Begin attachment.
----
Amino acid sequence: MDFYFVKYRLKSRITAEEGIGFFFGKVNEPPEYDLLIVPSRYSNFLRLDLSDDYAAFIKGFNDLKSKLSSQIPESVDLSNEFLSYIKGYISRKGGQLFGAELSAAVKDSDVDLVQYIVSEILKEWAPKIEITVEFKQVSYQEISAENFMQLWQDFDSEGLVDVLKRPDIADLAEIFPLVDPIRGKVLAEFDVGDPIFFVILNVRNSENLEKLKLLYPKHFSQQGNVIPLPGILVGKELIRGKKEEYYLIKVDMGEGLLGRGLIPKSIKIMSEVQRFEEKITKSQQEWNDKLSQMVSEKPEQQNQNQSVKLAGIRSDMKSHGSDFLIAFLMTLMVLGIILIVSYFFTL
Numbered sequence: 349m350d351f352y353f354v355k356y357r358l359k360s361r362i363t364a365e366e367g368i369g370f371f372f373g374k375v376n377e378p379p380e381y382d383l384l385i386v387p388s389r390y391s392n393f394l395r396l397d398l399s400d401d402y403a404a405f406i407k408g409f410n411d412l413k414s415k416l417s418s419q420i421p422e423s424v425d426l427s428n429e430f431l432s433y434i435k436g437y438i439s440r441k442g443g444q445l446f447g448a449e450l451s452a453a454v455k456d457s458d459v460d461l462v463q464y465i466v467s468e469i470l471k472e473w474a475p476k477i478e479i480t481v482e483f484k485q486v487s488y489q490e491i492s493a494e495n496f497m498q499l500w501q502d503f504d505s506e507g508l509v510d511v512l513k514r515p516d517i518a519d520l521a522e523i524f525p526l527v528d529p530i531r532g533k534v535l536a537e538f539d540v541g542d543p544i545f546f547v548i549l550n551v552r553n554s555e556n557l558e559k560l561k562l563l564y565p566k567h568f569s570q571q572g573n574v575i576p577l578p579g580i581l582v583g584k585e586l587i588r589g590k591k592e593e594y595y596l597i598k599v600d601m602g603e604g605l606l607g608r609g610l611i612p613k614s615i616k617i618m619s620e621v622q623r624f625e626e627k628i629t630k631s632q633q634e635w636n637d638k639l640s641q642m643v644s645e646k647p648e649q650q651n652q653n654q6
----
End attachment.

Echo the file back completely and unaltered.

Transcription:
Amino acid sequence: MDFYFVKYRLKSRITAEEGIGFFFGKVNEPPEYDLLIVPSRYSNFLRLDLSDDYAAFIKGFNDLKSKLSSQIPESVDLSNEFLSYIKGYISRKGGQLFGAELSAAVKDSDVDLVQYIVSEILKEWAPKIEITVEFKQVSYQEISAENFMQLWQDFDSEGLVDVLKRPDIADLAEIFPLVDPIRGKVLAEFDVGDPIFFVILNVRNSENLEKLKLLYPKHFSQQGNVIPLPGILVGKELIRGKKEEYYLIKVDMGEGLLGRGLIPKSIKIMSEVQRFEEKITKSQQEWNDKLSQMVSEKPEQQNQNQSVKLAGIRSDMKSHGSDFLIAFLMTLMVLGIILIVSYFFTL
Numbered sequence: 349m350d351f352y353f354v355k356y357r358l359k360s361r362i363t364a365e366e367g368i369g370f371f372f373g374k375v376n377e378p379p380e381y382d383l384l385i386v387p388s389r390y391s392n393f394l395r396l397d398l399s400d401d402y403a404a405f406i407k408g409f410n411d412l413k414s415k416l417s418s419q420i421p422e423s424v425d426l427s428n429e430f431l432s433y434i435k436g437y438i439s440r441k442g443g444q445l446f447g448a449e450l451s452a453a454v455k456d457s458d459v460d461l462v463q464y465i466v467s468e469i470l471k472e473w474a475p476k477i478e479i480t481v482e483f484k485q486v487s488y489q490e491i492s493a494e495n496f497m498q499l500w501q502d503f504d505s506e507g508l509v510d511v512l513k514r515p516d517i518a519d520l521a522e523i524f525p526l527v528d529p530i531r532g533k534v535l536a537e538f539d540v541g542d543p544i545f546f547v548i549l550n551v552r553n554s555e556n557l558e559k560l561k562l563l564y565p566k567h568f569s570q571q572g573n574v575i576p577l578p579g580i581l582v583g584k585e586l587i588r589g590k591k592e593e594y595y596l597i598k599v600d601m602g603e604g605l606l607g608r609g610l611i612p613k614s615i616k617i618m619s620e621v622q623r624f625e626e627k628i629t630k631s632q633q634e635w636n637d638k639l640s641q642m643v644s645e646k647p648e649q650q651n652q653n654q6